II. The Lawyer's Duty of Supervision
The relevant ethical rule is ER 5.3, which applies whenever a lawyer is "employed or retained by or associated with" a nonlawyer. ER 5.3 requires that the lawyer exercise certain supervisory powers over the nonlawyer:
(b) a lawyer having direct supervisory authority over the nonlawyer
shall make reasonable efforts to ensure that the person's conduct is
compatible with the professional obligations of the lawyer . . .
The Comment to ER 5.3 describes the scope of this duty in greater detail:
A lawyer shall give such assistants appropriate instruction and
supervision concerning the ethical aspects of their employment,
particularly regarding the obligation not to disclose information
relating to representation of the client, and should be responsible
for their work product.
ER 5.3(b) establishes an independent duty to supervise on the part of the attorney vis a vis the paralegal. Nonlawyers cannot be held to exactly the same professional standard as lawyers. Therefore, they are to be held to "conduct compatible with the professional obligations of the lawyer." ER 5.3(b) was intended to parallel ER 5.1(b), which governs the supervision of subordinate lawyers. However, because paraprofessionals are not subject to the same ethical responsibilities as are even subordinate lawyers, the supervising lawyer may be required to take even greater steps in the training and supervision of paralegals to ensure that their conduct is compatible with the supervising lawyers' ethical responsibilities.
Hazard & Hodes notes that the reasonable efforts required of an attorney to ensure a paralegal's ethical conduct are dependent upon the circumstances of the relationship between the lawyer and the paralegal:
Circumstances dictate which constitutes a "reasonable effort" to
instill a nonlawyer personnel in appropriate respect for their duties.
Certainly new personnel must be carefully screened prior to
employment and given some instruction in the fundamentals of
professional responsibility. Since nonlawyers cannot be disciplined
under the Model Rules, it may be appropriate for supervising
lawyers to exercise a correspondingly stricter discipline within
the law office, for the public has no other protection.
The Law of Lawyering, § 5.3:102 (Second Edition 1996). Here, the paralegal will not be operating within the confines of the supervising attorney's office. The supervising attorney may therefore be required to take even greater steps to ensure that the paralegal is acting subject to the lawyer's control and in a manner compatible with the lawyer's professional responsibilities.
In the case at hand, according to the express terms of the Contract, the inquiring attorney proposes to maintain supervisory control over the actions of the paralegal. The Contract further specifies that the paralegal shall participate in initial and periodic training conducted by the attorney, and cautions the paralegal to respect the confidentiality of client information. Most salient is the restriction of the paralegal's ability to conduct initial interviews with the clients, and the supervision of the signing and notarization of the estate planning portfolios. The documents themselves are to be prepared by the attorney. These duties, if supervised by the attorney, would not violate ER 5.3.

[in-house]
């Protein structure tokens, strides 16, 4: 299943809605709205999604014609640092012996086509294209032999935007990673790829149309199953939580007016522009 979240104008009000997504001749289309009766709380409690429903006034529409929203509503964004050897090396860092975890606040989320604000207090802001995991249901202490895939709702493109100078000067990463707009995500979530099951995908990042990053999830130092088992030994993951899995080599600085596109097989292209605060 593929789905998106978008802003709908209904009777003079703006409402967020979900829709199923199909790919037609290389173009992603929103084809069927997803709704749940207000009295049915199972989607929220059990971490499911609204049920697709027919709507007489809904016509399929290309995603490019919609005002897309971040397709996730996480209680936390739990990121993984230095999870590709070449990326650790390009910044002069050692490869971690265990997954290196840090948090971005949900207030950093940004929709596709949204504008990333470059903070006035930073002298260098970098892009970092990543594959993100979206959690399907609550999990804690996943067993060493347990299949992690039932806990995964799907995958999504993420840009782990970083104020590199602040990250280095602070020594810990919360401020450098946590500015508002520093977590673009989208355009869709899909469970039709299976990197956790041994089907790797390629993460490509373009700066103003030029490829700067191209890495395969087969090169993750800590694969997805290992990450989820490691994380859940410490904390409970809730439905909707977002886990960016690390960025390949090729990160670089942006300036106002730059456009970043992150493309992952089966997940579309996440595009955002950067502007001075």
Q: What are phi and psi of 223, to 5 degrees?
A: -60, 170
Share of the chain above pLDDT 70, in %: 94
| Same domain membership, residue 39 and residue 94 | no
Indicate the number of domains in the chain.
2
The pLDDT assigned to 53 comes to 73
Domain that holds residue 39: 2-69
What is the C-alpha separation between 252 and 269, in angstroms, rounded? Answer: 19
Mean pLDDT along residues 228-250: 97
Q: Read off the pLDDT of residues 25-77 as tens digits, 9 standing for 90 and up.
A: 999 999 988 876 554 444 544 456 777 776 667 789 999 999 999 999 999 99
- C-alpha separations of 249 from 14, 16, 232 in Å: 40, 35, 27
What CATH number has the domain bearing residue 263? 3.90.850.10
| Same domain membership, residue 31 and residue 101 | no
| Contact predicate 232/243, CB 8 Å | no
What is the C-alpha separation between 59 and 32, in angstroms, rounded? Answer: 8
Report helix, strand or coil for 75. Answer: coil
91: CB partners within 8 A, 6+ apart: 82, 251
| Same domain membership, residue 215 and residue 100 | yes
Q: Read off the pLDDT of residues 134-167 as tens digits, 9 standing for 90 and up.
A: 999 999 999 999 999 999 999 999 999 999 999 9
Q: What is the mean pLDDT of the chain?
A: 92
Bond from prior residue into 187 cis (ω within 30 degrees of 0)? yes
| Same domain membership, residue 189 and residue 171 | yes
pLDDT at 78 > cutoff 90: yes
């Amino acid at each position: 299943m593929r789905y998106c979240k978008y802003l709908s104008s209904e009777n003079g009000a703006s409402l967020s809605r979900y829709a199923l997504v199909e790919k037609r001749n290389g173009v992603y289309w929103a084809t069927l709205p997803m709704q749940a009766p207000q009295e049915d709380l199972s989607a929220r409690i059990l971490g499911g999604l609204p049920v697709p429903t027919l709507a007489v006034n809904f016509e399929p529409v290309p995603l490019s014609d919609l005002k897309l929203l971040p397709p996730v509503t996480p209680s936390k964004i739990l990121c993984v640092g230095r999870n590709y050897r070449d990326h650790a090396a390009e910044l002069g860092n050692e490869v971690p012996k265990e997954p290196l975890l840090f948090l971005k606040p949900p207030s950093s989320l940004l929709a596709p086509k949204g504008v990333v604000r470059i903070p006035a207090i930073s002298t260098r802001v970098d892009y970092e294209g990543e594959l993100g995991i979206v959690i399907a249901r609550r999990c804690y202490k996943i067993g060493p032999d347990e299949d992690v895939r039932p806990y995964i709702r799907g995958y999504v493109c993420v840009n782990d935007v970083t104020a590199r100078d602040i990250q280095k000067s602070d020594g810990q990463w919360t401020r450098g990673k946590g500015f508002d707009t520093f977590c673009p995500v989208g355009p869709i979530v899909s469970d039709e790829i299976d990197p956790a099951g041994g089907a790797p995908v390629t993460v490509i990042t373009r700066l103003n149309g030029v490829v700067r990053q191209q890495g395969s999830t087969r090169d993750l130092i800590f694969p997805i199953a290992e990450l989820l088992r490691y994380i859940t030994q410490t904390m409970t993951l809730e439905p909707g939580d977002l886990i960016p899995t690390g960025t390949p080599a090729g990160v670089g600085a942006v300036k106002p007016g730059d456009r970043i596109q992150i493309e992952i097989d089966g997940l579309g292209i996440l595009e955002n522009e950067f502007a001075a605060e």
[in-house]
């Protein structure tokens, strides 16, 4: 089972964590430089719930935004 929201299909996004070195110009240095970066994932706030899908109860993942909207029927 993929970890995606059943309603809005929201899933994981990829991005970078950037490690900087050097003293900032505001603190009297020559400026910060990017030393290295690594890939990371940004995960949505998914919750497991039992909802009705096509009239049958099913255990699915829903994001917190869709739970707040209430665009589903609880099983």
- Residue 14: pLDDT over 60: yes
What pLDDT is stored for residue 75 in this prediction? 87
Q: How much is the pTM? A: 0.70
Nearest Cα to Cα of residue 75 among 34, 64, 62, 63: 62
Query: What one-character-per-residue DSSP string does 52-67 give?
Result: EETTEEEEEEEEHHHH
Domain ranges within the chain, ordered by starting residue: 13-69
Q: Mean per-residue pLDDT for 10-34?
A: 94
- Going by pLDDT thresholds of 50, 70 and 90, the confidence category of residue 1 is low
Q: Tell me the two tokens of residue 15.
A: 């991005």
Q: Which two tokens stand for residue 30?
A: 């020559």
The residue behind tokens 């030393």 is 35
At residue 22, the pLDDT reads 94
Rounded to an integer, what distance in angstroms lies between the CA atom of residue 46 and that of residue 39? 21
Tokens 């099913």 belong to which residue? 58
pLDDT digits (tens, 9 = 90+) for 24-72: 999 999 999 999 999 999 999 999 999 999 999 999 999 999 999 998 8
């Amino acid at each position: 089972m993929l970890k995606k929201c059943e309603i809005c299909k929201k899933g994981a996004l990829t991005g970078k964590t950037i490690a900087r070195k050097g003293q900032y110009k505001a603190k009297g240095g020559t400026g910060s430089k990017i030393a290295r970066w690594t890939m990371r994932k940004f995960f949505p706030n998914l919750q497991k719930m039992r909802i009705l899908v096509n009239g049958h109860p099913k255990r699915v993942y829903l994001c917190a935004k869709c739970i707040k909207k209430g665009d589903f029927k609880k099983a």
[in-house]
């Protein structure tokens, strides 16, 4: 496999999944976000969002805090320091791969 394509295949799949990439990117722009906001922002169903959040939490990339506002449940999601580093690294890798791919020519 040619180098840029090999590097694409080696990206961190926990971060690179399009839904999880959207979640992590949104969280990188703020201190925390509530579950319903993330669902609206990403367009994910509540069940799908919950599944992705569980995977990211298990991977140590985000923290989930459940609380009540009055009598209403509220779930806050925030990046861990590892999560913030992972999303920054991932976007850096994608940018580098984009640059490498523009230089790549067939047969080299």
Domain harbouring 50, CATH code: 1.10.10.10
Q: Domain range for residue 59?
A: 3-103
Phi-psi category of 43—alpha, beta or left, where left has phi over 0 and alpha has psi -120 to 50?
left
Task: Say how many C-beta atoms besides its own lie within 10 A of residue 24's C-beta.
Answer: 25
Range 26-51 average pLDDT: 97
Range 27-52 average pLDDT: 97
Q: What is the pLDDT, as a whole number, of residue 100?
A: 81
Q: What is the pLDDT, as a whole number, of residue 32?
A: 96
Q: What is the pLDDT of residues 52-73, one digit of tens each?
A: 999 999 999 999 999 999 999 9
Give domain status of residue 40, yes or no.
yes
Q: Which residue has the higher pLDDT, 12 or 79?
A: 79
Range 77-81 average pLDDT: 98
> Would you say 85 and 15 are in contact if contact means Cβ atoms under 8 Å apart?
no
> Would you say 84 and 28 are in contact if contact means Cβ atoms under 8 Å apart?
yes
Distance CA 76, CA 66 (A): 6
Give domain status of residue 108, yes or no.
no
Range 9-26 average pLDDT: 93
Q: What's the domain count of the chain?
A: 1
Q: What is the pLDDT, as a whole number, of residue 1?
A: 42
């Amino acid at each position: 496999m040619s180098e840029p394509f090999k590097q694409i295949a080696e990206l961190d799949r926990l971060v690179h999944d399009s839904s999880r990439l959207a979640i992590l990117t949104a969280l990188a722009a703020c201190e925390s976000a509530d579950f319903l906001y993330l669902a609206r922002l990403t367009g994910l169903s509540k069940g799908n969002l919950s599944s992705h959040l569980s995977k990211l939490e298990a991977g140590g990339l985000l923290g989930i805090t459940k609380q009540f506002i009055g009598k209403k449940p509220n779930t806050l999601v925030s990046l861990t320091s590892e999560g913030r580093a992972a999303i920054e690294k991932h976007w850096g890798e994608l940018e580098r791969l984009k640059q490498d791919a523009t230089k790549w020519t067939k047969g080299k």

III. Sharing Legal Fees With a Nonlawyer
ER 5.4(a) prohibits a lawyer from sharing legal fees with a nonlawyer, except for three limited exceptions that are not relevant here. The inquiring attorney's intention to pay the paralegal on a "case-by-case basis," and to require the paralegal to refund to the attorney all fees paid if the client revokes his estate plan and requests a refund of attorney's fees, suggests there would be a violation of ER 5.4(a). See also, Ethics Opinion 93-01 (attorney's association with nonlawyers for purpose of generating fees for both the attorney and the nonlawyers deemed to violate ER 5.4(a)).
IV. Forming a Partnership with Nonlawyer
ER 5.4(b) prohibits a lawyer from forming a partnership with a nonlawyer if any of the activities of the partnership constitute the practice of law. The term "partnership" is broadly construed in these circumstances, in order to protect a lawyer's independent judgment. The prohibition is intended to keep nonlawyers from having a stake in a lawyer's practice. So long as it is the inquiring attorney's prior clients who are receiving the estate planning services, or persons who have legitimately come to request the lawyer's services, the arrangement should not cross the line laid down by ER 5.4(b). If, however, the inquiring attorney contemplates reliance on the active solicitation and referral of clients by the paralegal, there would be a violation of both ER 5.4(b) and ER 7.3(a).
V. Services by Nonlawyer Assistants
What constitutes the practice of law in Arizona is a legal issue outside the Ethics Committee's jurisdiction. In Ethics Opinion No. 96-06, the Committee refused to provide a specific definition of what legal services constitute the practice of law, instead referring the inquiring attorney to the general definition given in State Bar of Arizona v. Arizona Land Title and Trust Co., 90 Ariz. 76, 366 P.2d 1 (1961). That case basically provides that the practice of law is anything that lawyers have done throughout time. The implication is that only lawyers may draft pleadings, do research, meet with clients and/or witnesses, and send correspondence on behalf of a client. However, the opinion did conclude that such activities may be performed by a nonlawyer if supervised by a lawyer, and if the nonlawyer's status is disclosed.